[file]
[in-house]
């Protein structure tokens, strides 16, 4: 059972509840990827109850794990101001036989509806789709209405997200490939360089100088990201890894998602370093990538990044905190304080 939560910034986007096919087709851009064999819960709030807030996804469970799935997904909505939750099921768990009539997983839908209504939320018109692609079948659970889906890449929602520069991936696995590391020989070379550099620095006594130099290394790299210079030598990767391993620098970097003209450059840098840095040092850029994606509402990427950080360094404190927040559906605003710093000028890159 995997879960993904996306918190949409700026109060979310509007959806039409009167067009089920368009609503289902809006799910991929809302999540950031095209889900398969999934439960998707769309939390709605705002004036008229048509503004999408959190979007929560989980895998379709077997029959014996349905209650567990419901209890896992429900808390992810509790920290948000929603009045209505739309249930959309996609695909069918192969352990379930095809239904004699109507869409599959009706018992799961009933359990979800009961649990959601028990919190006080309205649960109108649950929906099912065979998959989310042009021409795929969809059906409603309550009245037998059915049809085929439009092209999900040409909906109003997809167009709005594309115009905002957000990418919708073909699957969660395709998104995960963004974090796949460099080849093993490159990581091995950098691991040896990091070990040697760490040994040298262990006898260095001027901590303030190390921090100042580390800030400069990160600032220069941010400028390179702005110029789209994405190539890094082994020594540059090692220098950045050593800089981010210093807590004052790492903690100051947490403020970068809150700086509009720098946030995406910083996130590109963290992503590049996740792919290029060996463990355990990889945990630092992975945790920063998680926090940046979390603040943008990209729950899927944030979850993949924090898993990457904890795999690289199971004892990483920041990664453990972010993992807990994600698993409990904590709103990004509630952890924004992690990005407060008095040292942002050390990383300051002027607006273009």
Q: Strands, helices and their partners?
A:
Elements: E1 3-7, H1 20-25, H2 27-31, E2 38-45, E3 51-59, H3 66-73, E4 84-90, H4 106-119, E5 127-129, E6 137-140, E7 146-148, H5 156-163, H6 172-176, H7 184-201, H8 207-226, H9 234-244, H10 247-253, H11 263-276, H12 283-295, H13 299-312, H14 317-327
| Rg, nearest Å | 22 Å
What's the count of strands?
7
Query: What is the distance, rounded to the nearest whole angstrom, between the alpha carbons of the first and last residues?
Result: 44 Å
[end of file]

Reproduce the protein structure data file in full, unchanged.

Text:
[in-house]
């Protein structure tokens, strides 16, 4: 059972509840990827109850794990101001036989509806789709209405997200490939360089100088990201890894998602370093990538990044905190304080 939560910034986007096919087709851009064999819960709030807030996804469970799935997904909505939750099921768990009539997983839908209504939320018109692609079948659970889906890449929602520069991936696995590391020989070379550099620095006594130099290394790299210079030598990767391993620098970097003209450059840098840095040092850029994606509402990427950080360094404190927040559906605003710093000028890159 995997879960993904996306918190949409700026109060979310509007959806039409009167067009089920368009609503289902809006799910991929809302999540950031095209889900398969999934439960998707769309939390709605705002004036008229048509503004999408959190979007929560989980895998379709077997029959014996349905209650567990419901209890896992429900808390992810509790920290948000929603009045209505739309249930959309996609695909069918192969352990379930095809239904004699109507869409599959009706018992799961009933359990979800009961649990959601028990919190006080309205649960109108649950929906099912065979998959989310042009021409795929969809059906409603309550009245037998059915049809085929439009092209999900040409909906109003997809167009709005594309115009905002957000990418919708073909699957969660395709998104995960963004974090796949460099080849093993490159990581091995950098691991040896990091070990040697760490040994040298262990006898260095001027901590303030190390921090100042580390800030400069990160600032220069941010400028390179702005110029789209994405190539890094082994020594540059090692220098950045050593800089981010210093807590004052790492903690100051947490403020970068809150700086509009720098946030995406910083996130590109963290992503590049996740792919290029060996463990355990990889945990630092992975945790920063998680926090940046979390603040943008990209729950899927944030979850993949924090898993990457904890795999690289199971004892990483920041990664453990972010993992807990994600698993409990904590709103990004509630952890924004992690990005407060008095040292942002050390990383300051002027607006273009």
Q: Strands, helices and their partners?
A:
Elements: E1 3-7, H1 20-25, H2 27-31, E2 38-45, E3 51-59, H3 66-73, E4 84-90, H4 106-119, E5 127-129, E6 137-140, E7 146-148, H5 156-163, H6 172-176, H7 184-201, H8 207-226, H9 234-244, H10 247-253, H11 263-276, H12 283-295, H13 299-312, H14 317-327
| Rg, nearest Å | 22 Å
What's the count of strands?
7
Query: What is the distance, rounded to the nearest whole angstrom, between the alpha carbons of the first and last residues?
Result: 44 Å